On his next novel:
It's going to be totally different from his current books. It's set in 1970s England and has some political elements in it. He says that trying to finish the novel is like having his "teeth pulled out "but he is anxious to find out what people will think of it.

After the Q&A session, there was an autograph session and while I had both my free copies of his books signed, we had a nice, short chat. All in all, he's a really nice person. I think he's my new favourite author! *fanboyism starts here*

If you missed him, Hari Kunzru will be in Borders, The Curve at 7.30pm.

Did anyone else blog about his reading in Kinokuniya? Do tell me and I'll link you up here.

UPDATE:

Wednesday, 10 May 2006

I've been tagged!

I don't normally do this, but since it's Hilmy who's tagging me, why not.

THREE NAMES YOU GO BY:
1. My real name
2. Teddy
3. Tedds

THREE PHYSICAL THINGS YOU LIKE ABOUT YOURSELF:
1. Being able to fit in a small space. (Very useful when diving underneath the computer table to check if rats got to the wires.)
2. I can wink with either eye!
3. I can spin a pencil or pen on my fingers.

THREE PHYSICAL THINGS YOU DON'T LIKE ABOUT YOURSELF:
1. I am short-sighted.
2. I can't look in the rear-view mirror without taking my eyes off the road ahead.
3. I don't have any useful superpowers (or useless ones).

THREE PARTS OF YOUR HERITAGE:
1. Siamese-Pakistani
2. Chinese
3. Javanese

THREE THINGS YOU CAN'T STAND:
1. People who feel the need to talk loudly about inane topics and can't stop when they've started.
2. People who don't signal!!!111
3. People who mess up my perfectly planned writing schedule.

THREE THINGS THAT SCARE YOU:
1. Gory pictures.
2. The possibility of going blind.
3. Religion.

THREE OF YOUR FAVORITE SHOWS:
1. Doctor Who (David Tennant as the new Doctor is Fantastic!)
2. Lost
3. Firefly

THREE OF YOUR FAVORITE JAPANESE ANIMES:
1. Hachimitsu to Clover
2. Neon Genesis Evangelion (I hear it's old-skool now?)
3. ...Marmalade Boy (what? people have their guilty pleasures okay?)

THREE OF YOUR CURRENT FAVORITE SONGS:
Don't have any. Currently in non-music phase.

THREE MOVIES YOU CAN WATCH OVER AND OVER AGAIN:
1. Star Wars
2. Casablanca
3. Serenity

THREE MOVIES YOU WOULD LIKE TO WATCH:
1. Superman Returns
2. Cars
3. The Maltest Falcon (can't find the DVD anywhere)

THREE OF YOUR EVERYDAY ESSENTIALS:
1. My moleskine notebook.
2. Pilot G2 07.
3. Reading material.

THREE THINGS YOU ARE WEARING RIGHT NOW:
1. A hoodie! Wheee
2. Black shirt
3. Jeans

THREE THINGS YOU WANT IN A RELATIONSHIP:
1. Love
2. Hugs
3. Time

THREE PHYSICAL THINGS ABOUT THE OPPOSITE GENDER THAT APPEAL TO YOU:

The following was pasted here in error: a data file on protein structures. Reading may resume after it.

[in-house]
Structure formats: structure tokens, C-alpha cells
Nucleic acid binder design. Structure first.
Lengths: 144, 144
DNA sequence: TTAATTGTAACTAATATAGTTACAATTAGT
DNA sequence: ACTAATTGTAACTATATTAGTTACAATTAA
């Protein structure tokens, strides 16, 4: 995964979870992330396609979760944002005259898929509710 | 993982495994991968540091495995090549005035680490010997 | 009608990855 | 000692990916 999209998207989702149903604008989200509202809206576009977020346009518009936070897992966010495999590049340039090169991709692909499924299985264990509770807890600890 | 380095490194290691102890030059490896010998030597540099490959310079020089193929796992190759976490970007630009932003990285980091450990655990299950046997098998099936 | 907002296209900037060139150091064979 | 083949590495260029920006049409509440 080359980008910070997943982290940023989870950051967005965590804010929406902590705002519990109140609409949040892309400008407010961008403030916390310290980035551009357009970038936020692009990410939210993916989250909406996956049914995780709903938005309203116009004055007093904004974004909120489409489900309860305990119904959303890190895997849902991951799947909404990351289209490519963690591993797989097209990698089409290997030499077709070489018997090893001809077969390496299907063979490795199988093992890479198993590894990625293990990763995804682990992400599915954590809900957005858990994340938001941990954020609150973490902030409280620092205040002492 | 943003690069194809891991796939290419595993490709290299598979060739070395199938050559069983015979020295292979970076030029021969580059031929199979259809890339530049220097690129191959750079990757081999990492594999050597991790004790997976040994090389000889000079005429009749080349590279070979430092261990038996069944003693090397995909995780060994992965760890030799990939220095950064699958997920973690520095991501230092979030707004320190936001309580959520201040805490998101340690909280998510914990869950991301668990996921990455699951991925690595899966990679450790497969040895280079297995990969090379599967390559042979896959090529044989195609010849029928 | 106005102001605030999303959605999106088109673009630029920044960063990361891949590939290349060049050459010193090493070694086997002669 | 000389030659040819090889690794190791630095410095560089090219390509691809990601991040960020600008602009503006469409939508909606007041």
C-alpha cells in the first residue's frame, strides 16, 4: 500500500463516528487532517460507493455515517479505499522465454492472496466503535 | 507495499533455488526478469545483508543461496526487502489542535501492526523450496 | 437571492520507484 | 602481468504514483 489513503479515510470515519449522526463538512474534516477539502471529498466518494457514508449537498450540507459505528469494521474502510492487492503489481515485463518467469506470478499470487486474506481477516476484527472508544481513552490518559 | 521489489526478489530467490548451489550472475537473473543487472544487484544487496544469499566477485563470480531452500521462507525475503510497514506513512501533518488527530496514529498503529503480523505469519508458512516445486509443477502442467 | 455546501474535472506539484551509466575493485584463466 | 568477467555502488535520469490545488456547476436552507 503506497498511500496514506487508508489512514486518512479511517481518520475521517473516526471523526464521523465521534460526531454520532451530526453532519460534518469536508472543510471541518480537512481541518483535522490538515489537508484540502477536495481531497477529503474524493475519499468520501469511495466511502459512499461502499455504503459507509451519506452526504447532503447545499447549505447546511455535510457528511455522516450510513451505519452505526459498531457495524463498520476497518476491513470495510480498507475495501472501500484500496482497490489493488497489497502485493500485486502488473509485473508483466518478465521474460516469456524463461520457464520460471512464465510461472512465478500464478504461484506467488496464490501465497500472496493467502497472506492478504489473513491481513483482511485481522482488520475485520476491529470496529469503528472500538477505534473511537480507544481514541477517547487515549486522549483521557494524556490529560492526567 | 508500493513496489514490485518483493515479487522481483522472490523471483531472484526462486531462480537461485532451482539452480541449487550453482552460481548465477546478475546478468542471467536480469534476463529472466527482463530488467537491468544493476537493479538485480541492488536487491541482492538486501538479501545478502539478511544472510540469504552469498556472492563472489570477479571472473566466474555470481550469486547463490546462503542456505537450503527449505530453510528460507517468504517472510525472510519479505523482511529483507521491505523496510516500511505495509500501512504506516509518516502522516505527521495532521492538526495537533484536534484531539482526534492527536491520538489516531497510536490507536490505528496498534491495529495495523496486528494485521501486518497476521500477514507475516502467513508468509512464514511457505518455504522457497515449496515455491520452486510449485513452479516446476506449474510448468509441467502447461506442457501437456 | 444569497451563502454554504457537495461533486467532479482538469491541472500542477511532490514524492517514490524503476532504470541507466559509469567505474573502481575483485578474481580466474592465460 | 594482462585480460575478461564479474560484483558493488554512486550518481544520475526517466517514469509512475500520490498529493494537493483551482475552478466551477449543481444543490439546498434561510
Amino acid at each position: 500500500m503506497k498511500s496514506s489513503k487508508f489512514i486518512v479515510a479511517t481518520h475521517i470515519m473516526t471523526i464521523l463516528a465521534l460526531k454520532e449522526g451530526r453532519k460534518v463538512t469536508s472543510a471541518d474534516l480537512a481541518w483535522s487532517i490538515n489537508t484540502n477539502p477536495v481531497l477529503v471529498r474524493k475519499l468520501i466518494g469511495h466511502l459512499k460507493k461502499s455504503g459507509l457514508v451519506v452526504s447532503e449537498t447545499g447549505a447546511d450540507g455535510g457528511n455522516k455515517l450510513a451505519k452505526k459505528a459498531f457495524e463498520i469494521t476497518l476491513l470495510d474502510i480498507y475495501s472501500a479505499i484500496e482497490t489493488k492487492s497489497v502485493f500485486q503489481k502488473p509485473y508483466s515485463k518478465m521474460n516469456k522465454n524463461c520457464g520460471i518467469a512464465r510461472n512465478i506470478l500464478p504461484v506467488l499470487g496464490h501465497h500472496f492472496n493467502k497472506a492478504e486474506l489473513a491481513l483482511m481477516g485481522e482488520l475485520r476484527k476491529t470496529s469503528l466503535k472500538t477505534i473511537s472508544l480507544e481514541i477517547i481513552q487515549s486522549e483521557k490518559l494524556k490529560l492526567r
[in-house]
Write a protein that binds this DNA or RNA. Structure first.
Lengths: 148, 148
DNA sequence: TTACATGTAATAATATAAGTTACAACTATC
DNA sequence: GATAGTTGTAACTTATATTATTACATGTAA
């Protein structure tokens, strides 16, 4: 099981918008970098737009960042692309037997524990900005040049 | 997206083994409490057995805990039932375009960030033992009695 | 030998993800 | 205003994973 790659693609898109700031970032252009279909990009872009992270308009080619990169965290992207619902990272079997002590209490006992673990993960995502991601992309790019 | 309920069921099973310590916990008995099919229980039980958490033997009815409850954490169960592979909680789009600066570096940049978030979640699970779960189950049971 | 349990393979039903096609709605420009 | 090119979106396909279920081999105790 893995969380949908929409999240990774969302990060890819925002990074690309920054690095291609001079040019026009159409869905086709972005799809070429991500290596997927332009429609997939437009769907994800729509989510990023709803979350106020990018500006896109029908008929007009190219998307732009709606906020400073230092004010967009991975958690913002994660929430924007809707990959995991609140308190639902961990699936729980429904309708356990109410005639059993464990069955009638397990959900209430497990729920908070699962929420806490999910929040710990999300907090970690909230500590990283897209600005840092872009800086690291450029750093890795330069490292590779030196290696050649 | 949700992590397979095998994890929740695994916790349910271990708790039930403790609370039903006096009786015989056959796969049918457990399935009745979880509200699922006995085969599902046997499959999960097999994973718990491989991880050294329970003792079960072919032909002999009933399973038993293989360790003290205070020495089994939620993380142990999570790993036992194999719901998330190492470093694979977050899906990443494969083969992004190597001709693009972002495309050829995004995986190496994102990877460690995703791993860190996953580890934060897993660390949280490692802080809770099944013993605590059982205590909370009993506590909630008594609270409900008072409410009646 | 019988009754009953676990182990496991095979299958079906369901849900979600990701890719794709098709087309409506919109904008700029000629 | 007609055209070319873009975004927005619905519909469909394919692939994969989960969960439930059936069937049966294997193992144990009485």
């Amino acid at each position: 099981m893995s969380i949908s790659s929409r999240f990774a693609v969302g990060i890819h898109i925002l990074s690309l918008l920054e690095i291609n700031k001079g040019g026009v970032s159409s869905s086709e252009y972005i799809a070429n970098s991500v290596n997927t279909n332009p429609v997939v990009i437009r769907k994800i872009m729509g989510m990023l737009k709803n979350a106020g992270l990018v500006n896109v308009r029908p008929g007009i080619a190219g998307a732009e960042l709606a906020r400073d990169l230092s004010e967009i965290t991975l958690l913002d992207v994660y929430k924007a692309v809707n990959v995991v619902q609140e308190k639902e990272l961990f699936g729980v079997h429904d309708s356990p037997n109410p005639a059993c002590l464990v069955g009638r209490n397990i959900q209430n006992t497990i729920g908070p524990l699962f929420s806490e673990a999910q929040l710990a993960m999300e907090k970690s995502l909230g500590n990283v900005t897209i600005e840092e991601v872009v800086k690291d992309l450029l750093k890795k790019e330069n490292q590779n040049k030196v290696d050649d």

1. Upper forearms.
2. Those bits on the front, wossnames...
3. Shiny hair!

THREE BAD HABITS:
1. Lack of time management.
2. I tend to skip things when I shouldn't.
3.

THREE OF YOUR FAVORITE HOBBIES:
1. Reading
2. Writing
3. Cycling

THREE THINGS YOU WANT TO DO REALLY BADLY RIGHT NOW:
1. Write my novel.
2. Polish up my two short story manuscripts so I can send them off for submission.
3. Shout like a madman (at certain people).

THREE CAREERS YOU'RE CONSIDERING OR CURRENTLY PURSUING:
1. Game Writer.
2. Published Author.
3. Wildly Successful Author with million dollar advances.

THREE PLACES YOU WANT TO GO ON VACATION:
1. Cuba.
2. North Korea.
3. Somewhere capitalistic. Like Japan.

THREE KIDS' NAMES YOU LIKE:
SYNTAX ERROR

THREE THINGS YOU WANT TO DO BEFORE YOU DIE:
1. Get published.
2. Win the Booker.
3. Learn to be content with what I have.

THREE WAYS THAT YOU ARE STEREOTYPICALLY A GUY:
1. I like talking geek (especially when it comes to Macs and video games)
2. I like boobies and love to talk about them. Whee!
3. I love cars.

INITIALS OF THREE CRUSHES:
1. OMG
2. WTF
3. LOL

THREE PEOPLE YOU TAG TO DO THE SURVEY:
No! It ends here!

Tuesday, 9 May 2006

Best First Lines in Novels.

In a post dated 9th May 2006 on John Ling's site, he writes:
Most people ignore the power of that first sentence. It can kick things off and set a mood. And the best way to learn how to write one is to study the openings of some classic novels... (more on his site)
How true. One of my favourite things to do when I'm in a bookstore is to open a novel and read the opening line--to see whether the author can hook me into his or her story. If I find one that's really good, I make a mental note of it (and perhaps even buy the book in hand) so I can learn to write as good an opening line in my stories.

Check out the American Book Review's list of 100 Best First Lines in Novels. I don't agree with some of the inclusions but at least my favourite is listed:
30. The sky above the port was the color of television, tuned to a dead channel. —William Gibson, Neuromancer (1984)
But take note! It is usually advised (I think Elmore Leonard is a major proponent) that a story should not start with weather. Gibson got away with it because he was just good.